Depending on the type of sheep, wool can have what is called a short staple or long staple. Staple is the length of the individual fibers in the wool (or other types of fibers). Basically, really long or really short staple fiber is harder to spin -- at least for a beginner.
Today I picked (teased out) the wool and Paula turned it into batting on the drum carder. Batting looks like quilt batting and is used instead of rolwags (see Monday) to spin from. We used a longer staple brown wool and a shorter staple white wool.
The drum carder processes more wool more quickly than the hand carders.
The brown wool came out quite nicely I thought, hardly any slubs. The white was a little slubbier, since it had a shorter staple.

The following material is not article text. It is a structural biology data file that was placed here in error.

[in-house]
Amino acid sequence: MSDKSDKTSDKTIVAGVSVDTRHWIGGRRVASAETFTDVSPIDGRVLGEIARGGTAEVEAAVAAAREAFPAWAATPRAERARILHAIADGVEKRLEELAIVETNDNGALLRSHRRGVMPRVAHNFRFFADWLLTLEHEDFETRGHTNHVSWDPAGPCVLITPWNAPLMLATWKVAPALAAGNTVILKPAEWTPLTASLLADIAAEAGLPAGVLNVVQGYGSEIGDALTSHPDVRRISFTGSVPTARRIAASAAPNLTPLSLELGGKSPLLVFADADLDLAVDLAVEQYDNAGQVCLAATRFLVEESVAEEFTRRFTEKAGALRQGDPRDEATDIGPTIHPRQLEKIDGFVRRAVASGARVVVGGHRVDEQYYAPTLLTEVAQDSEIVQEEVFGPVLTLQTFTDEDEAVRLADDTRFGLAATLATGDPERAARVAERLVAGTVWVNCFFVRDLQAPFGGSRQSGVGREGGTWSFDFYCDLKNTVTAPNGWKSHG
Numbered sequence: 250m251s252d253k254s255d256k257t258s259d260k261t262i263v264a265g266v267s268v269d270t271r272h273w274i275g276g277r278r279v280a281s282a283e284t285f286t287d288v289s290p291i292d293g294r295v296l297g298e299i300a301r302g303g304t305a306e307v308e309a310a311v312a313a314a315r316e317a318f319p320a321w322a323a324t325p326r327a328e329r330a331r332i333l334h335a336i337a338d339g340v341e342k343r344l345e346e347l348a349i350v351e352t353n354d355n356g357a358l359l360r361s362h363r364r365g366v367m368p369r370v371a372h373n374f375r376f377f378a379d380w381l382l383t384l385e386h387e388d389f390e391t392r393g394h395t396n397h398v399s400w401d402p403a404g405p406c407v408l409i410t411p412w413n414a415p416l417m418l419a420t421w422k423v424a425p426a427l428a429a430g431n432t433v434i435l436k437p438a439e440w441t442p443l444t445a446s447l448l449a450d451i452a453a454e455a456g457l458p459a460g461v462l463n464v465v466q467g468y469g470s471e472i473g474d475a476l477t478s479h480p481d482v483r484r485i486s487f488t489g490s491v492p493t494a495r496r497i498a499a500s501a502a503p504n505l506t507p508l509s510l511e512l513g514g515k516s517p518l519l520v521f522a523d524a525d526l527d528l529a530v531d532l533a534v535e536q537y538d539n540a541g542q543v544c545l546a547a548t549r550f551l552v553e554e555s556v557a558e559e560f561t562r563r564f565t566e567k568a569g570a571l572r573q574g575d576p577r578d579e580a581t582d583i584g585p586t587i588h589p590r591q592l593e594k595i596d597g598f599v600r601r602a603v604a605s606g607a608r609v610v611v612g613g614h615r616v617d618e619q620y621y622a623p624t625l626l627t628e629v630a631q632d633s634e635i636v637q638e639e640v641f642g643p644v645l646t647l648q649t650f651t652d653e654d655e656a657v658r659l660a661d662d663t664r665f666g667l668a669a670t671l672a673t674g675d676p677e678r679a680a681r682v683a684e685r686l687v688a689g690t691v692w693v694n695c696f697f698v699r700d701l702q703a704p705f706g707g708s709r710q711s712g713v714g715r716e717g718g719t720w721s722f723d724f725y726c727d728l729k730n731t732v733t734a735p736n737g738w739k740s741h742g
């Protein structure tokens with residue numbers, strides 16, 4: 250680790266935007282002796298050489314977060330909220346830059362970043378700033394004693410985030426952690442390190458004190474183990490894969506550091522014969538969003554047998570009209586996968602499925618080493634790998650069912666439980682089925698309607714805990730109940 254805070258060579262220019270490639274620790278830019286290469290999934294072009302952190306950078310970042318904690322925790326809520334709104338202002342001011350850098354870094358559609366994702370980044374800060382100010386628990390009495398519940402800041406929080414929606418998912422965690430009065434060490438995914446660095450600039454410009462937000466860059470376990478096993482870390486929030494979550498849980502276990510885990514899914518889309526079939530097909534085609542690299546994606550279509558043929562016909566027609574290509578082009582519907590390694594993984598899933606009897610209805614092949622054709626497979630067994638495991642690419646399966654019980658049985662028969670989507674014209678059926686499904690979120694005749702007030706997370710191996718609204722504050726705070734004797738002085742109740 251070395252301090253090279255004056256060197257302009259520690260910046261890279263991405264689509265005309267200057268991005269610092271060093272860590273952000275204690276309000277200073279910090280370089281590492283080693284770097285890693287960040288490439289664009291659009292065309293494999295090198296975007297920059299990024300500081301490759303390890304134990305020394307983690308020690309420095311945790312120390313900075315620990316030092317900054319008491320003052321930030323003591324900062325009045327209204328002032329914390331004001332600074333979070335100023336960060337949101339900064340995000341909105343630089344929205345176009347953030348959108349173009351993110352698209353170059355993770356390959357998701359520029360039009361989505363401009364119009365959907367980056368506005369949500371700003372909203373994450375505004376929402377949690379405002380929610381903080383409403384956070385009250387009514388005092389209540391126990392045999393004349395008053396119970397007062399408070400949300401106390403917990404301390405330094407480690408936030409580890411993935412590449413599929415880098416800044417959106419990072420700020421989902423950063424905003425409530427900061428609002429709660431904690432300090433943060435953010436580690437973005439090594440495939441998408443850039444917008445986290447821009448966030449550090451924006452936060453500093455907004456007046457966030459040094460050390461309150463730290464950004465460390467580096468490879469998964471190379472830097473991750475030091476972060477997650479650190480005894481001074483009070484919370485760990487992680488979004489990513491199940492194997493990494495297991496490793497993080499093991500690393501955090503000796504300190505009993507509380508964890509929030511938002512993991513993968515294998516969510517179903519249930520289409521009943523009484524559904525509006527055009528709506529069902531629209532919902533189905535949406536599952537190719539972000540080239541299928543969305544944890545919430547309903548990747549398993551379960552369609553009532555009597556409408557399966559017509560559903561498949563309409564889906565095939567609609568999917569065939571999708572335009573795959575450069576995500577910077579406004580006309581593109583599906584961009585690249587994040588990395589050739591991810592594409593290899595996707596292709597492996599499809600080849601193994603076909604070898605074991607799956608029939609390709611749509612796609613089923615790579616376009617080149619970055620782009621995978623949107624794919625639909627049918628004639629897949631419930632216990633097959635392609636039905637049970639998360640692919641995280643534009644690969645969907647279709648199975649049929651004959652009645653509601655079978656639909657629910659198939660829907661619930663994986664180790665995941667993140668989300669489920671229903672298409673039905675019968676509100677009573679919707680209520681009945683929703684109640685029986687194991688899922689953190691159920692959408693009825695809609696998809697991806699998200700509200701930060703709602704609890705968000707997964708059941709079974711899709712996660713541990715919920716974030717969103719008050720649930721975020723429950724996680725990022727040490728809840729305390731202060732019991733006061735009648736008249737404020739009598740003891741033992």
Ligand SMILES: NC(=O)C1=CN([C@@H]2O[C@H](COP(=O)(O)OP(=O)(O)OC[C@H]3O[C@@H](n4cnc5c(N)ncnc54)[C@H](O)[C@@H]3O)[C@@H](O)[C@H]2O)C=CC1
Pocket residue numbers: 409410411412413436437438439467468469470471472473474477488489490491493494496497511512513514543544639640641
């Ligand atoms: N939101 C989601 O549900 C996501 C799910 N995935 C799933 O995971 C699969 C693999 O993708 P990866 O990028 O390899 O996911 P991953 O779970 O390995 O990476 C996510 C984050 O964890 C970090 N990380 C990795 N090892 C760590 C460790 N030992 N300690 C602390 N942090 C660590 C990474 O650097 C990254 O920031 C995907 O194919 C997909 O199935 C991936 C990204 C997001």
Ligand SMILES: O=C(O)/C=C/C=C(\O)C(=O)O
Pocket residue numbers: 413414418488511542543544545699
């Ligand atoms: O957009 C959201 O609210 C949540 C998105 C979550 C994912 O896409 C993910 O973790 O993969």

After spinning, we took a picnic to the Clam Harbour Beach.
A 30 to 40 minute hike brought us to “the Devil’s Oven,” this rock formation. The waves coming in make a sound like a door slamming (the oven door?).
Just about the time we left, the sun went into the clouds and haze began to form over the ocean.
Back to the house for a nap, dinner, and some plying of the wool spun earlier that day.